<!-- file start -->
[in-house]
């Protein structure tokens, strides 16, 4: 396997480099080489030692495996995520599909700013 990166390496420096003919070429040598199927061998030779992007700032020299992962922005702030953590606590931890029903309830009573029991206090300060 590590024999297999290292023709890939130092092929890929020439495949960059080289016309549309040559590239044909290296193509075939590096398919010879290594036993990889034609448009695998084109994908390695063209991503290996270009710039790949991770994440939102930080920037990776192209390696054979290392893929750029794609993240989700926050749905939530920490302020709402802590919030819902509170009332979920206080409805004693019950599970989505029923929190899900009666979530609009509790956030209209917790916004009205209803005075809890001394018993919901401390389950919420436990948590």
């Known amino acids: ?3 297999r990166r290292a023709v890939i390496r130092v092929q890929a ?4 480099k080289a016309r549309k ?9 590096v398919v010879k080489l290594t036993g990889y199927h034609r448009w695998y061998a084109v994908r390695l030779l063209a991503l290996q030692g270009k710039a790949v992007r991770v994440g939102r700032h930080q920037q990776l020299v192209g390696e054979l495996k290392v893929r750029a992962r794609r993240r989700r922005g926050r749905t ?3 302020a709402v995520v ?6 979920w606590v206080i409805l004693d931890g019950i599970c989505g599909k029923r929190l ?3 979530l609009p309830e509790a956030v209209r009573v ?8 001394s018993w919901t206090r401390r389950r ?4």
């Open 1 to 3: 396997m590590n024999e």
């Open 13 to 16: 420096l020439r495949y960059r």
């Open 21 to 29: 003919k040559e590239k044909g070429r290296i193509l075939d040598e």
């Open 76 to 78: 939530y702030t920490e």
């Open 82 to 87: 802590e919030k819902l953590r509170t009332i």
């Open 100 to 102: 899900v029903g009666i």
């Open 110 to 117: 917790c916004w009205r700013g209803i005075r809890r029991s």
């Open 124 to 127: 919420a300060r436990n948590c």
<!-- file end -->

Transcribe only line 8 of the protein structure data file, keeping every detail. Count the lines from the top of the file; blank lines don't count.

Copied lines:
């Open 82 to 87: 802590e919030k819902l953590r509170t009332i």